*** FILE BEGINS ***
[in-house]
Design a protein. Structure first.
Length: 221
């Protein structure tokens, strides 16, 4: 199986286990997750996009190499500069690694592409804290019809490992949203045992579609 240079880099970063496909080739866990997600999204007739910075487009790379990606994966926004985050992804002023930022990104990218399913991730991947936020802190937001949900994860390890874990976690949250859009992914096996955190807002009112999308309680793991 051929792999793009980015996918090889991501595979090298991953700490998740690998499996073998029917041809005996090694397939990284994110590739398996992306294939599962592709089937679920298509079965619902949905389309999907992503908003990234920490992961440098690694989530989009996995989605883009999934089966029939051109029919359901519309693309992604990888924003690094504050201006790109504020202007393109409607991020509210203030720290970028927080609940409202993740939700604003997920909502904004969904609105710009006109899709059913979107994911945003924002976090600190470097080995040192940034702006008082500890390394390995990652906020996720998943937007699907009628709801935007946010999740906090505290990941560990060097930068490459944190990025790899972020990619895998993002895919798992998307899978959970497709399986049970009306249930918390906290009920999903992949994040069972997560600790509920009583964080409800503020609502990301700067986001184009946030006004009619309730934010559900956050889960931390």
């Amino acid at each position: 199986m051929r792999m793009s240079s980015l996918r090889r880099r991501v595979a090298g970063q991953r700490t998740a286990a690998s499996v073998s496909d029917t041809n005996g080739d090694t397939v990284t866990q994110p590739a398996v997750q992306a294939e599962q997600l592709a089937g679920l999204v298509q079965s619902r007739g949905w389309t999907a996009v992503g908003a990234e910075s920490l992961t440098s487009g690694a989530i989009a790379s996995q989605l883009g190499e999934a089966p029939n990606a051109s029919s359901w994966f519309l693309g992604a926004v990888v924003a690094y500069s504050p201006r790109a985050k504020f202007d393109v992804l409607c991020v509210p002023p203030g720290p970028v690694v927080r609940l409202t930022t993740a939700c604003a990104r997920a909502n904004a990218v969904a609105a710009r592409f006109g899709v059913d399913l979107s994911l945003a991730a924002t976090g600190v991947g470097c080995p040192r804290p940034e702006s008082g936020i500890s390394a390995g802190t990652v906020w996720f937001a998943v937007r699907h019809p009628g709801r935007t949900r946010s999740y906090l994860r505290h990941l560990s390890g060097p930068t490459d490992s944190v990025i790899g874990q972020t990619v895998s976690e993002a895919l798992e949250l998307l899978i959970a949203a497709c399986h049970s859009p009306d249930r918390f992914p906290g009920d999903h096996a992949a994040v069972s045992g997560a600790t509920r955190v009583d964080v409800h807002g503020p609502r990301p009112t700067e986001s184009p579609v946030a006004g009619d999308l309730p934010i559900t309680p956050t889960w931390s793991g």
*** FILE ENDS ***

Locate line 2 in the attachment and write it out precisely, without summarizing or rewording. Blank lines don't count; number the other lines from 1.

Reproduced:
Design a protein. Structure first.